While researching for The Lieutenant’s Nurse, I was surprised to find out how much we knew in advance about a possible invasion/attack on Hawai’i. Also, I became intrigued with an article about mysterious radio signals picked up on the Matson steamship Lurline as she sailed from California to Hawai’i just before the attack on Pearl Harbor. Upon landing in Honolulu on December 3d, a full report was submitted to naval intelligence. But no one knows what happened to the report. These are the kinds of things that help make a story, and they usually turn up unexpectedly when I’m not even sure what I’m looking for. It makes for fun writing!

In your research, did you come across any Women’s Air Raid Defense (WARD) members still living? 

One woman named Betty Ballentyne, but unfortunately I was unable to speak with her. From my understanding, most have passed away. If anyone knows one that is still living, please let me know.

Were the characters inspired by specific real-life WARD women, or just the events and actions they endured? 

The characters were drawn from my imagination and blended with some of the real women who I read about in Shuffleboard Pilots: The History of the Women’s Air Raid Defense in Hawaii, 1941-1945. It was extremely moving to learn about the sacrifices they made and how they held each other up throughout the whole war. Those were not easy times, and they rose to the occasion and then some. They also maintained a great sense of humor, which I suspect helped them through. I knew I wanted to use their stories, but also to create my own characters. Which is exactly what happened. I truly love these ladies!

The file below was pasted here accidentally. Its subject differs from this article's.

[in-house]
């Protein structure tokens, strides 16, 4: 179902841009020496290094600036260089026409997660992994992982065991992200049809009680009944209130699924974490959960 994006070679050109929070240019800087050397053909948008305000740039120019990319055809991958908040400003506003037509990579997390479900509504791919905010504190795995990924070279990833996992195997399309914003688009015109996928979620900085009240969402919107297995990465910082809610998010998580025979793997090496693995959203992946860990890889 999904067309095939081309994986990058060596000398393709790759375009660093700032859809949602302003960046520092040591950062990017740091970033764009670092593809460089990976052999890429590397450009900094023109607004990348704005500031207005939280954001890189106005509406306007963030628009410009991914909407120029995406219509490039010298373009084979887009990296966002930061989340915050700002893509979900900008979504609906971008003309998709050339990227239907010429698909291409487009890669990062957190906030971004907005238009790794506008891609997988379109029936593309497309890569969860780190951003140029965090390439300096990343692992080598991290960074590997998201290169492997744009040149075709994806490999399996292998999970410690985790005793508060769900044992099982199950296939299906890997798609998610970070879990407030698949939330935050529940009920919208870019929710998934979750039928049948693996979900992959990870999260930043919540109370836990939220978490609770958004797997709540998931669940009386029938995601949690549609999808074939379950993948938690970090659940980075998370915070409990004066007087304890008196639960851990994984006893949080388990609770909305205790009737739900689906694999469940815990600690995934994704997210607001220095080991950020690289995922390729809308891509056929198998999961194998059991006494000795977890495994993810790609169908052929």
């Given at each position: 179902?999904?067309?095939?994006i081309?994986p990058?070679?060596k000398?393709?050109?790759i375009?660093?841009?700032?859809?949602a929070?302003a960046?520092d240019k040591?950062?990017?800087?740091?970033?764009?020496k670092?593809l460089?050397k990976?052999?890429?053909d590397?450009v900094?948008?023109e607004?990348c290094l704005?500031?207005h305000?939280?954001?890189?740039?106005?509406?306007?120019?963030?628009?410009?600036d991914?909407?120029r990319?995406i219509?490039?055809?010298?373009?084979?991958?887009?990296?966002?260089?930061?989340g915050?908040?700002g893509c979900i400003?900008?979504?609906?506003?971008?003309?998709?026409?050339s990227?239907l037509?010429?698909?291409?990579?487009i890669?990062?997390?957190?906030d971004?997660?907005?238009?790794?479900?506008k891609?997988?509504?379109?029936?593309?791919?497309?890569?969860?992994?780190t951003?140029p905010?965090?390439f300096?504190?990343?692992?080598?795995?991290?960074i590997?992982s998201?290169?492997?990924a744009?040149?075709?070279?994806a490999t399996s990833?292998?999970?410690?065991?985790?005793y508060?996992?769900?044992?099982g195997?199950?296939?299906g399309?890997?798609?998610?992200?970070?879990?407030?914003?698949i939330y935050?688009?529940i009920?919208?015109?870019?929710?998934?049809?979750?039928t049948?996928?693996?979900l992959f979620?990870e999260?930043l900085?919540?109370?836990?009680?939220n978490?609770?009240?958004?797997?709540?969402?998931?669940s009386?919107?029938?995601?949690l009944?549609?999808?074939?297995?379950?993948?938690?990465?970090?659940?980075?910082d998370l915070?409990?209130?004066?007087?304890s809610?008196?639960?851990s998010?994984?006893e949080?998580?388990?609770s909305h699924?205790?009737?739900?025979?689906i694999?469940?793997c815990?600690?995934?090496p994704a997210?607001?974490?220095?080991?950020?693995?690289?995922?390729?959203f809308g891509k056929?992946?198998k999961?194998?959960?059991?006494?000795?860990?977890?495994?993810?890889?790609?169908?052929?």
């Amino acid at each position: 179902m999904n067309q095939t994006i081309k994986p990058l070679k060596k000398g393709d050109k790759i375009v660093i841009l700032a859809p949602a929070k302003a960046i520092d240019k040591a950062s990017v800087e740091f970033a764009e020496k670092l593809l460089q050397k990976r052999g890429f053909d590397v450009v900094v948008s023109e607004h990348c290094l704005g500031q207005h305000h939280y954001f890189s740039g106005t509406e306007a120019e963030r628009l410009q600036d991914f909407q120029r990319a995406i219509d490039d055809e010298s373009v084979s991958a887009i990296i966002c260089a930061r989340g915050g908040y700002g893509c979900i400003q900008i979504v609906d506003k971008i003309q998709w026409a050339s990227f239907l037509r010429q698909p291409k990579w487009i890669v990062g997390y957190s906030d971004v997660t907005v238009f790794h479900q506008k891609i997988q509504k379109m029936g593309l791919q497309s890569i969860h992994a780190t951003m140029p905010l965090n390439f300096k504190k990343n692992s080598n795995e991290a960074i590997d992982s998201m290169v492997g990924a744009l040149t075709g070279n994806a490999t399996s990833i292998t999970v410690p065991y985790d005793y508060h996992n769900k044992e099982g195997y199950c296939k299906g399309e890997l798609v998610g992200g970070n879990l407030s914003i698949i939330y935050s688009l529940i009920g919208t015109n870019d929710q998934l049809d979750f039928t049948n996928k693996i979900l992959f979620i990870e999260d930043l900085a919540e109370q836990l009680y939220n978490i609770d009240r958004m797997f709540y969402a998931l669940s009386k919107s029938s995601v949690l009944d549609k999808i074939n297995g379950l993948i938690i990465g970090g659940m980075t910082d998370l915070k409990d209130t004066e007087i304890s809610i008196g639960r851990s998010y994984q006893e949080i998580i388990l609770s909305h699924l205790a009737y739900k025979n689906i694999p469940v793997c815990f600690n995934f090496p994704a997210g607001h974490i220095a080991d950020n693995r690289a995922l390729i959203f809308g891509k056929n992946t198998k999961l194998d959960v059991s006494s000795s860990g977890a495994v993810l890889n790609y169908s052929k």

With your books having such strong themes of women involved in the armed forces, do you think you would’ve been involved in a similar way in a different life? 

Good question. No one has asked me that before. While writing each novel, I felt myself strongly identifying with these women. So yes, I think I certainly would have done what they did, whether it be to bake homemade pies and give the marines a taste of home, or treat the wounded at Pearl Harbor if I’d been a nurse. I also know that I would certainly have jumped in to help my neighbors if their families had been torn apart during the internment. And lastly, I would have been extremely honored to be selected as a WARD.

What can readers expect from your next novel? Any working ideas yet? 

I just finished my first draft of a dual timeline novel that I’m calling The Last Plane to Honolulu. Titles often changes, so that may not be the final title. In a nutshell, here’s what the book is about:

1943 A brilliant female codebreaker comes to Hawaii, working on cracking the Japanese code to help win the war that took her brother’s life.

1965 A young journalist returns home from San Francisco to cover the grand opening of the Mauna Kea Beach Hotel, Lawrence Rockefeller’s newest project and the most expensive hotel ever built.

The two women’s lives are stitched together by a handsome pilot, a fateful message, and a mysterious disappearance at the hotel that raises questions about what really happened along this coastline 20 years ago during the war.

Want more? Don’t miss the Ten Book Challenge: Sara Ackerman’s Book-It List.